And they survived.

If Arizona proved anything tonight, it’s that their defense is good enough to overcome their worst performance.

That’s a scary thought for Wisconsin.

No. 1 Kentucky survives without Tyler Ulis in lineup

Tyler Ulis
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Less than a week after giving No. 2 Maryland all they could handle, Illinois State went into Lexington and gave No. 1 Kentucky fits.

The Redbirds never really threatened UK in the second half, but they went into the break tied and were within single digits down the stretch, eventually losing 75-63.

Kentucky was flustered. They turned the ball over 15 times compared to just eight assists, they shot 2-for-12 from three and just 29-for-46 (63 percent) from the charity stripe. They simply did not handle Illinois State’s pressure all that well.

And there was a reason for that.

Tyler Ulis didn’t play.

Sometimes it’s difficult to appreciate just what a player brings to a team until that player is not in the lineup, and that was precisely the case with Ulis on Monday night. It was crystal clear what he provides Kentucky. Beyond leadership and the ability to break a press without throwing the ball to the other team, he’s a calming presence. He doesn’t get rattled when a defender is harassing him and he doesn’t get overwhelmed by a situation like a mid-major threatening the No. 1 team in the country in their own gym.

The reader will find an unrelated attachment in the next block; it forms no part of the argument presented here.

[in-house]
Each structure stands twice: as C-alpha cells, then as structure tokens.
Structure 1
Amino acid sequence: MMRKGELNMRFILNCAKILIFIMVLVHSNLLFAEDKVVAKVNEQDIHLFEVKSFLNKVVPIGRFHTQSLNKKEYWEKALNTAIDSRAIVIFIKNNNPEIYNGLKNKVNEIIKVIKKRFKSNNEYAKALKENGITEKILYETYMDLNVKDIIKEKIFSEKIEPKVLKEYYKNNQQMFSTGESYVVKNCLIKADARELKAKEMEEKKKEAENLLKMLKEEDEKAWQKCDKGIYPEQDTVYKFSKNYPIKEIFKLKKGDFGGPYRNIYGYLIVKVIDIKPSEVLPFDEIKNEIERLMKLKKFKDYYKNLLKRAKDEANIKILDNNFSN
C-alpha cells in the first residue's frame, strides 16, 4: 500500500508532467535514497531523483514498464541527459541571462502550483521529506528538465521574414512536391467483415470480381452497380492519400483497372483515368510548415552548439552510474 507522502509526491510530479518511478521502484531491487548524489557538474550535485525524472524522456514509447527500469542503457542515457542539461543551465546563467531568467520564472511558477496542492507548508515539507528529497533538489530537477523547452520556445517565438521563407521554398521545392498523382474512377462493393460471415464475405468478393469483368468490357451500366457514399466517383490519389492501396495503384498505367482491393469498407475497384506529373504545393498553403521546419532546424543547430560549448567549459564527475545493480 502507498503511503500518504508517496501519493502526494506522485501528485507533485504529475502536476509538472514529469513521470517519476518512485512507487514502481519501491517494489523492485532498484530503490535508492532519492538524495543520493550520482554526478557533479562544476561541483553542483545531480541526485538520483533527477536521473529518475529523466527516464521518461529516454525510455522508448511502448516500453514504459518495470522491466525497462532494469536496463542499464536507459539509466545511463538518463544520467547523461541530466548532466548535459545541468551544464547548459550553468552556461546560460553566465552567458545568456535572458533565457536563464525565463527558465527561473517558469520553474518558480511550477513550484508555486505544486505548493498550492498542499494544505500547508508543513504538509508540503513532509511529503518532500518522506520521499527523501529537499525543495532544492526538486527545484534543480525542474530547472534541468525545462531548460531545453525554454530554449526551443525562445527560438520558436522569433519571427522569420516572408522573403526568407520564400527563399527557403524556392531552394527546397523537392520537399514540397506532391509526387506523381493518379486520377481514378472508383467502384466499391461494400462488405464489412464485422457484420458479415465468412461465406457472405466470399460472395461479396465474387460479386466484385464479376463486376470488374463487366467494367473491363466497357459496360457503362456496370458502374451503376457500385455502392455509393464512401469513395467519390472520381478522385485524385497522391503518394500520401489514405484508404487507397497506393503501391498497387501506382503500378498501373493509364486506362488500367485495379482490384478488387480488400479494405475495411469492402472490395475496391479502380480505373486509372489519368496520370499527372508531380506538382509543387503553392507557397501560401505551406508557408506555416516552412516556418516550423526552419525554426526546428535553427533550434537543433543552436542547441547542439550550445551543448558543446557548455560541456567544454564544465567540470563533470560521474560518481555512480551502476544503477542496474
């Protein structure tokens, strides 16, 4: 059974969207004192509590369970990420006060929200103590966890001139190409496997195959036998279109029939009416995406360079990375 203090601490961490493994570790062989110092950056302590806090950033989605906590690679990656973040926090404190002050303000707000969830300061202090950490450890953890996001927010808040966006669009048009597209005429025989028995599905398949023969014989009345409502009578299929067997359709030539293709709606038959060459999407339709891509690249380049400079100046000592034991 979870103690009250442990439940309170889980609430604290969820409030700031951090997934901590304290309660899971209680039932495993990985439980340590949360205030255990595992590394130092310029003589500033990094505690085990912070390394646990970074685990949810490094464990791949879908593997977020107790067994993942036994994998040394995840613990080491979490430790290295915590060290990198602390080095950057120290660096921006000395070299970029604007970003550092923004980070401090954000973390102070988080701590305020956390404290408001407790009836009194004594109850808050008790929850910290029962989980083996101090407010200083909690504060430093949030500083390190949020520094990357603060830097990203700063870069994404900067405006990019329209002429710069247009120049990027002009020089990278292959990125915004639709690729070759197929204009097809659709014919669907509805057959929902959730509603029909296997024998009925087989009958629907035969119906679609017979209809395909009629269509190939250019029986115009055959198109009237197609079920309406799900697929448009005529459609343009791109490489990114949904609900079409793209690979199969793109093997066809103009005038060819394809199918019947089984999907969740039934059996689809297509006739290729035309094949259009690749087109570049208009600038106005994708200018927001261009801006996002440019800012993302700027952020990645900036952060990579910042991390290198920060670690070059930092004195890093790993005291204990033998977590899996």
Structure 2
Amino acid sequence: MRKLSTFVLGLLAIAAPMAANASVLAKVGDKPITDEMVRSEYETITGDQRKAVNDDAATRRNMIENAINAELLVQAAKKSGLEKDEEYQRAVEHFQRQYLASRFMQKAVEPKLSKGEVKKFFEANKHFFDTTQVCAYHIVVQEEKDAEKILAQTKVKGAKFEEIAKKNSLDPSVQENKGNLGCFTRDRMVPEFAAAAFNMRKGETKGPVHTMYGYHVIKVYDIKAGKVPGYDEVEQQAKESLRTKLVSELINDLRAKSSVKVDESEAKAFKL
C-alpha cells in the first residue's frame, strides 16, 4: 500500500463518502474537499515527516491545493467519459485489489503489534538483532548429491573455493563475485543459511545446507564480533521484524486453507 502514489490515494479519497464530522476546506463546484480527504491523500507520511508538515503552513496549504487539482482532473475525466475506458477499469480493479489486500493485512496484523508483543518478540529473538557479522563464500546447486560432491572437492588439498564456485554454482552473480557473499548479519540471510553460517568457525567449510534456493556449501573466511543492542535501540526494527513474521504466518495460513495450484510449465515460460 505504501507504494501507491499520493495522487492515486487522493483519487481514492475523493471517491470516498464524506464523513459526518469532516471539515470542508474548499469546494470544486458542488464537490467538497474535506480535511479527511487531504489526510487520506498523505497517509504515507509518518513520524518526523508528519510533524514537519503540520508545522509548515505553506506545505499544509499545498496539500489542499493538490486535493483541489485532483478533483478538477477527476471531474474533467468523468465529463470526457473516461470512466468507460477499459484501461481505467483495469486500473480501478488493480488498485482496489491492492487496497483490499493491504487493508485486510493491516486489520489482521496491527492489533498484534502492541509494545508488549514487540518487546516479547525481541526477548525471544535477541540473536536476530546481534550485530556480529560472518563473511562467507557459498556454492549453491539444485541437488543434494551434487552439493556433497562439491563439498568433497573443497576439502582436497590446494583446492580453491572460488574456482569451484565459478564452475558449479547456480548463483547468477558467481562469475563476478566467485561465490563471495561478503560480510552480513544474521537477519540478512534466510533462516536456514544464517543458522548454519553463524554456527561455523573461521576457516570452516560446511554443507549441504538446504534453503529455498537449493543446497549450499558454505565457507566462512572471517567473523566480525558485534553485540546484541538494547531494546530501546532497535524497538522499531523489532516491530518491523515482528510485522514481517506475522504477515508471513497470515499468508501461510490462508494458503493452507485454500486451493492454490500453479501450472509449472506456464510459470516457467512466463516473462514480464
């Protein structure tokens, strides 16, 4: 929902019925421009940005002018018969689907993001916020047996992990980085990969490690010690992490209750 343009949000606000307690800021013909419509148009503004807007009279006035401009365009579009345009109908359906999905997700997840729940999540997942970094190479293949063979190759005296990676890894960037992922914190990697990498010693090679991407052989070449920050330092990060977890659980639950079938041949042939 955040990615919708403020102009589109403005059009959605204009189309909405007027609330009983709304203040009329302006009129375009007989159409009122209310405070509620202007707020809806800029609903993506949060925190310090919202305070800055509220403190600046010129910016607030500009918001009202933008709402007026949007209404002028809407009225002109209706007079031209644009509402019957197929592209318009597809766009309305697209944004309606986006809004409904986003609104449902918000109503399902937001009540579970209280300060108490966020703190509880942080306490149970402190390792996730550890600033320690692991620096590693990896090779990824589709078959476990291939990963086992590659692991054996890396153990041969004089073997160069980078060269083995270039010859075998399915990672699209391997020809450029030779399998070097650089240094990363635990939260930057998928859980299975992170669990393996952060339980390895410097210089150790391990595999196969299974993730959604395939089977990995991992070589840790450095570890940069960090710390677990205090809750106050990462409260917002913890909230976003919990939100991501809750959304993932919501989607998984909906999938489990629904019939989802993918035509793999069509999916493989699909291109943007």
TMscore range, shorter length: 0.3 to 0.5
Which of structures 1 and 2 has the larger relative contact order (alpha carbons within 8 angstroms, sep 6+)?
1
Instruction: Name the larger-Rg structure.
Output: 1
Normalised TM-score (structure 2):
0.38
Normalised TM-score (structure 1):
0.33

He’s everything you look for in a pure point guard, and for as good as Jamal Murray and Isaiah Briscoe have looked at times this season, it should be crystal clear who the most important player on this Kentucky team is.

LSU loses to Charleston, eliminates at-large bid margin for error

Ben Simmons
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Ben Simmons scored 15 points and grabbed 18 rebounds, the second time in his six-game career that the LSU freshman has collected that many caroms, but that wasn’t enough for the Tigers to avoid dropping a game on the road to the College of Charleston, 70-58. It was the third straight loss for Simmons’ crew, as they fell to Marquette and N.C. State at the Legends Classic last week.

But here’s the thing: LSU didn’t just lose.

The game really wasn’t close.

LSU was down by as many as 23 points. It was 39-17 at the half, and that was after Charleston had a shot at the buzzer called off upon review. They made a bit of a run in the second half but never got closer than seven. When LSU would cut into the lead, the Cougars would respond with a run of their own, killing LSU’s spirit while keeping them at arm’s length.